These results can be interpreted in the context of cultural value dimensions, or the maturity of market-based, private enterprise in the countries. China and Russia have recently emerged from economic conditions characterised by shortages of consumer products, and perhaps have not been conditioned by long-term market-based reputational effects, allowing more acceptance of opportunistic product representations.

 

Concerning observed differences in responses related to the role of religion or spiritually in social development, Egypt, following the Muslim tradition of non-separation of religion and politics/economics, exhibits by far the highest response as to the significance of religion. Finland and China can be characterized as countries with weak or declining religious traditions, and these two countries exhibit the lowest responses as to the importance of religion. There was a strong perceived effect between good business ethics and business profits projected by USA subjects, perhaps reflecting the effects of legal and public opinion on the expression business ethics courses in that country.

 

University Teaching: The Basic Issues: Law vs. Morality

 

So what should we as academics be teaching? A tenet of civilisation is that we need laws to regulate the behaviour of businesspeople. Business today may not often be a matter of personal life and death, but it has been. In the earliest codification of some laws of business transactions, Hammurabi's Code of Laws (circa 1780 B.C., translated by L. W. King), discussing contracts, “Item 7. If any one buy from the son or the slave of another man, without witnesses or a contract, silver or gold, a male or female slave, an ox or a sheep, an

ass or anything, or if he take it in charge, he is considered a thief and shall be put to death.” In Hammurabi’s time all records of commercial transactions were recorded on tablets and kept as legal documents in case of discrepancies or disagreements. A large number of this type of tablet has been found in ruins. Property was commonly moved about within society by such means as barter, exchange, or lease. Normally, payment was made by means of other valuable products rather than cash. Where a man was unable to pay his debt, he was able to give his wife, child or slave to work off his indebtedness. The debtor could be detained but could not be detained longer than three years, so even bankruptcy had very serious consequences. Looking back at, for example, what was at the time the U.S. world record bankruptcy of ENRON in late 2001, modern investors and employees might long for more Hammurabi-like laws governing cavalier treatment of other peoples’ money. If judged by Hammurabi’s code, ENRON executives owe a wife, child, or slave and up to three years detention; this may have provided a deterrent to their cavalier behaviour.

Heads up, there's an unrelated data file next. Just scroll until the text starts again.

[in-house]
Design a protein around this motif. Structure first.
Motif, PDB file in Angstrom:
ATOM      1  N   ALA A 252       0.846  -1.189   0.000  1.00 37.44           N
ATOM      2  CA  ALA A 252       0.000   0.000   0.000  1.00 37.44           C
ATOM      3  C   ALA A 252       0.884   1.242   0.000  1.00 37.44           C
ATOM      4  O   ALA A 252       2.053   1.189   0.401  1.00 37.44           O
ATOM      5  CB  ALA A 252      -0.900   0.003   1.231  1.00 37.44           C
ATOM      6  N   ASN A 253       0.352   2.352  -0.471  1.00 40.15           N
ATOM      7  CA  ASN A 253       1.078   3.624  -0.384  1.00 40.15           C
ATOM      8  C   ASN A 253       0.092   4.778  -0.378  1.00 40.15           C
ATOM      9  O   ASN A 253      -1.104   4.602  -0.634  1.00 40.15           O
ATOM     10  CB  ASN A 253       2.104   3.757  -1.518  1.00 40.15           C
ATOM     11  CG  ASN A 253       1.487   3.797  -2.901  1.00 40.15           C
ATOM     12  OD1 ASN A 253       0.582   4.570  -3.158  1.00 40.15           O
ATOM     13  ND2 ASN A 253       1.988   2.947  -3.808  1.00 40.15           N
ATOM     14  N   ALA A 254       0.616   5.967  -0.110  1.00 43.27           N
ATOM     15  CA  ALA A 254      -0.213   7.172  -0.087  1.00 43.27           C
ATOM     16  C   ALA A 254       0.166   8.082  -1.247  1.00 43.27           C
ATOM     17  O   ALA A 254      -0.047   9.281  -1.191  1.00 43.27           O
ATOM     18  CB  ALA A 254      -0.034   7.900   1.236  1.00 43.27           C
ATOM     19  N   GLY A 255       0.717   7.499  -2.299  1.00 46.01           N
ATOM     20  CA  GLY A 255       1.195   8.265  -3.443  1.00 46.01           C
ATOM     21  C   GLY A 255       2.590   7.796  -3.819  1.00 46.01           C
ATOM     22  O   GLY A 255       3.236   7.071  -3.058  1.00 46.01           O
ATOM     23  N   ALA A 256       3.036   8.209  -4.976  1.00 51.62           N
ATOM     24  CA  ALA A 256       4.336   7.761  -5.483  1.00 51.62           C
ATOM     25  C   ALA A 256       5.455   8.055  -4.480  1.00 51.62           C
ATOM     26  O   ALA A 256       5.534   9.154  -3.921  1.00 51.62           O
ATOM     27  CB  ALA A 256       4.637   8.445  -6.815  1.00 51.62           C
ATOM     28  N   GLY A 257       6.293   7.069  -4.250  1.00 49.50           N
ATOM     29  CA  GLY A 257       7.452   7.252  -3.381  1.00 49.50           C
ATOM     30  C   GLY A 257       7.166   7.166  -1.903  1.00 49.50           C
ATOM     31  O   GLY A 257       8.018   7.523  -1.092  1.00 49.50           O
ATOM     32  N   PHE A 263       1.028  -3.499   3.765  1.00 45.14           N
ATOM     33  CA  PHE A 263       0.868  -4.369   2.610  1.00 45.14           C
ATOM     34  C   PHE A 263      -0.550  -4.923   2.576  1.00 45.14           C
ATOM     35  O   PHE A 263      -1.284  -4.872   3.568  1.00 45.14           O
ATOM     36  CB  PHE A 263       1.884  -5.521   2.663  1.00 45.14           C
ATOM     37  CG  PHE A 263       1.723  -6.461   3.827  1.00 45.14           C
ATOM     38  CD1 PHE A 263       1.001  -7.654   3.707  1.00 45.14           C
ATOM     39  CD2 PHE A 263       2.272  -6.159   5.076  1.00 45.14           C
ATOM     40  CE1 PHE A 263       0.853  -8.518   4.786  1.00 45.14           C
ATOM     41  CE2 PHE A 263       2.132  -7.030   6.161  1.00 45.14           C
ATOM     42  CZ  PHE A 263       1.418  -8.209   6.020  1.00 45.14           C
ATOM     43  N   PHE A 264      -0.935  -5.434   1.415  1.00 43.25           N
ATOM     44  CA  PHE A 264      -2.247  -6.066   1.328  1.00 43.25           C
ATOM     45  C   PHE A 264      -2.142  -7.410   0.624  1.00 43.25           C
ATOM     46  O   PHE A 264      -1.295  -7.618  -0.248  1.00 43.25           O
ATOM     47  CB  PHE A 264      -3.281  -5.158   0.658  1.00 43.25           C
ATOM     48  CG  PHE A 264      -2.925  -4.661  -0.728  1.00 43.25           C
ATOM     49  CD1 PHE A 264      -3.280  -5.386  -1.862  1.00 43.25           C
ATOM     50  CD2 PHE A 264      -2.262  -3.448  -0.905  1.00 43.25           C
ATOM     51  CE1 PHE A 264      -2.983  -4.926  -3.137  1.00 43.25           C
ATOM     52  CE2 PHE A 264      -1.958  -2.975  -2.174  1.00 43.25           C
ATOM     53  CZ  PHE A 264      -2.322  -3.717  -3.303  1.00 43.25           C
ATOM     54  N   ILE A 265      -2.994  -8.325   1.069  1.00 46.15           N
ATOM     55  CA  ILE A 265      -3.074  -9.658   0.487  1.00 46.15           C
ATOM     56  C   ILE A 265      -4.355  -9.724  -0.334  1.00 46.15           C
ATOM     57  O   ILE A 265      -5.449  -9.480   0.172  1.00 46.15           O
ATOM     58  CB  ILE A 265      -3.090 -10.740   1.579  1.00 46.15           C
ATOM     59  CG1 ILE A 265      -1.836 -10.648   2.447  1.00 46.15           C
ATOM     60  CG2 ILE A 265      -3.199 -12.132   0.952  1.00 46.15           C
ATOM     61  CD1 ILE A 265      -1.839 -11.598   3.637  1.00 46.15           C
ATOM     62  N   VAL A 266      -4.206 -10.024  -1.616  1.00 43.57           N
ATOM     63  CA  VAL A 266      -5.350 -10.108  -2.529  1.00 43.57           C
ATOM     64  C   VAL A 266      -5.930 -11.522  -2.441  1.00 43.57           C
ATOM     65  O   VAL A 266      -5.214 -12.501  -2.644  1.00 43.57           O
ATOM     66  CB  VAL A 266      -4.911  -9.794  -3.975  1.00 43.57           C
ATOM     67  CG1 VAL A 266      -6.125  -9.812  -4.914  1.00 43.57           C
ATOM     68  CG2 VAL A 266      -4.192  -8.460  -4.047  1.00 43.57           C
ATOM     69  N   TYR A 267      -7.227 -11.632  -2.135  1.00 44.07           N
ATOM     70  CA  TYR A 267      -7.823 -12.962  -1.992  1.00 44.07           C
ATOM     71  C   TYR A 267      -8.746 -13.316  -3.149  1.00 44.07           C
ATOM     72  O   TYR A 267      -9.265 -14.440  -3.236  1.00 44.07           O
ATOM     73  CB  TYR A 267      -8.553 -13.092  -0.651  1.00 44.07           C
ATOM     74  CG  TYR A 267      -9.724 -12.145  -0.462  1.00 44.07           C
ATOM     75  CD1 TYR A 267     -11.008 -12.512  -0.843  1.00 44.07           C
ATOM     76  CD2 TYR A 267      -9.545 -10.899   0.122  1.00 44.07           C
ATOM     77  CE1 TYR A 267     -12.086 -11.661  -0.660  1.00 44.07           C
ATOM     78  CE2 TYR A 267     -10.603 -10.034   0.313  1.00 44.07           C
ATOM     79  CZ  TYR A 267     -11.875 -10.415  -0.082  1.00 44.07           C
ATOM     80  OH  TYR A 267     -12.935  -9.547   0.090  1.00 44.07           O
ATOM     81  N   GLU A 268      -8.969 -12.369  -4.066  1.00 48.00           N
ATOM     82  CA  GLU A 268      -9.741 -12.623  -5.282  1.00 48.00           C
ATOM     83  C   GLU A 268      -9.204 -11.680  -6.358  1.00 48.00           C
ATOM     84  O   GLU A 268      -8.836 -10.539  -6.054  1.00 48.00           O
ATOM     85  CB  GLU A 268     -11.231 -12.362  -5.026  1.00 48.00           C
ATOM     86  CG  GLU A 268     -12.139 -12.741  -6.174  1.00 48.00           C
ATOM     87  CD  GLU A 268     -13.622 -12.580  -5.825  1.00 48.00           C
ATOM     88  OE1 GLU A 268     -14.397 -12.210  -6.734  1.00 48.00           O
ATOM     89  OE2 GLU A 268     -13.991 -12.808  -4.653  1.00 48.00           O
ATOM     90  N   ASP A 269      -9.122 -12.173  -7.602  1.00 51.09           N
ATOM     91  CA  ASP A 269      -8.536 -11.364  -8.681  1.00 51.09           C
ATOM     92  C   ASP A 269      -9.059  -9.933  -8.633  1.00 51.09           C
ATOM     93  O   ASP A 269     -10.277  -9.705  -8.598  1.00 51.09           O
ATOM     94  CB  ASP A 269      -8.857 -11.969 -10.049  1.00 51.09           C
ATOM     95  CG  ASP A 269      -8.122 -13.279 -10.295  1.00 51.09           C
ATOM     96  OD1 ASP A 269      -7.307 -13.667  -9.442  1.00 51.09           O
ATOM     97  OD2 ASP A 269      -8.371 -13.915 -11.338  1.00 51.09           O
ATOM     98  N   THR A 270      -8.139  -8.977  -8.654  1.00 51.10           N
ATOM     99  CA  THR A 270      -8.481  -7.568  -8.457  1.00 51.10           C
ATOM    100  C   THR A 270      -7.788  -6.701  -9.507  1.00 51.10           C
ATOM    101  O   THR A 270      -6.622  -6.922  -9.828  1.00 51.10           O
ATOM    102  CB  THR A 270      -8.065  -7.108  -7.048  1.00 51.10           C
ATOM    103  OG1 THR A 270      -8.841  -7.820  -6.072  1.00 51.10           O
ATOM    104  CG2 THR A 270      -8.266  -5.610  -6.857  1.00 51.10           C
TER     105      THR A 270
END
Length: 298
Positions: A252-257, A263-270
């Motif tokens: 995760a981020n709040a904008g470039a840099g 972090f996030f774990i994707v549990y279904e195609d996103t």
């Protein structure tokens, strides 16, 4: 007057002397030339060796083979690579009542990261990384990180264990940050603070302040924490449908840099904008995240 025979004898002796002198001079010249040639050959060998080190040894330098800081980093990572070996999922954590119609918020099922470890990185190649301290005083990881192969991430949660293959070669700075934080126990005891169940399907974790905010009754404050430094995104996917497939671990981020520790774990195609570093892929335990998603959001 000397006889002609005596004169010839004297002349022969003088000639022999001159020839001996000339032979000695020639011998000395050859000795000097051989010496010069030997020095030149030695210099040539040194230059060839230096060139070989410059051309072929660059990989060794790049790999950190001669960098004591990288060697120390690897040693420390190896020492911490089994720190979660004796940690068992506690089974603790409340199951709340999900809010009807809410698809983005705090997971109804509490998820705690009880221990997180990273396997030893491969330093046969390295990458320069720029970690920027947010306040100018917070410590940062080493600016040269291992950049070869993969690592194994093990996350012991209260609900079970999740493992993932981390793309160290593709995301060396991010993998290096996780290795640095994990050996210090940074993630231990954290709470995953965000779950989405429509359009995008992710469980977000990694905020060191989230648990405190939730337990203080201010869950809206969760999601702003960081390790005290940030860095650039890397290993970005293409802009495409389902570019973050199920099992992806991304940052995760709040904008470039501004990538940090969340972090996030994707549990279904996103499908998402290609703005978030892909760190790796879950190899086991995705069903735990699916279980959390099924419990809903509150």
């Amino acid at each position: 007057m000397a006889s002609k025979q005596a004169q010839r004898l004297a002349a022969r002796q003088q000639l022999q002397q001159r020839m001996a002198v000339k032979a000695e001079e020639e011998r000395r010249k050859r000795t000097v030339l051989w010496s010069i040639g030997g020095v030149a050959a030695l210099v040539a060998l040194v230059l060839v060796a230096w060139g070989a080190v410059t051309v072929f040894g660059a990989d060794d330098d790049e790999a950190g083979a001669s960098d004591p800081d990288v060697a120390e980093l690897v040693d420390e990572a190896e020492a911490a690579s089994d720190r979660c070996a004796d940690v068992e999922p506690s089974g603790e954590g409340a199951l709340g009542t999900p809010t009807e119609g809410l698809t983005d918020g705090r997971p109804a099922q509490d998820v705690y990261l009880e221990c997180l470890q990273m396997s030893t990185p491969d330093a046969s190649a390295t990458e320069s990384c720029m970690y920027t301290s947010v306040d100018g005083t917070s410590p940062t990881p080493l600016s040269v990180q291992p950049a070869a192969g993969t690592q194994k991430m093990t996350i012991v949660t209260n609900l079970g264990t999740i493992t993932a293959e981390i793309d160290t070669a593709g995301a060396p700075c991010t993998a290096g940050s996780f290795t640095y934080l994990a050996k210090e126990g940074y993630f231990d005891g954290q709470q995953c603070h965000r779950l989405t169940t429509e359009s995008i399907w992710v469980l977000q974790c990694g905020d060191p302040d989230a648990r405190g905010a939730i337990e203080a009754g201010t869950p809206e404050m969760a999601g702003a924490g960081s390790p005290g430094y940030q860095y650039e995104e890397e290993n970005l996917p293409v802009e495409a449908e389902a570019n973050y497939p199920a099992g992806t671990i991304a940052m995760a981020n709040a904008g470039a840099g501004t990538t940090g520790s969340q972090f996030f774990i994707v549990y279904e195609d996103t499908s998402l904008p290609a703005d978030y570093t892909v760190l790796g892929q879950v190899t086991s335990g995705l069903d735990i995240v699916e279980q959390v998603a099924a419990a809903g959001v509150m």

The curriculums of many, if not most business schools, particularly in British and Commonwealth countries, North America, and Western Europe are full of required courses, leaving few options for students to choose electives. In recent years, business ethics courses have been pushed into the agenda of required courses as these issues gained exposure from international scandal and academic accrediting agencies, leading professors and executives in residence to comment on the relative importance of teaching ethics versus law to international managers.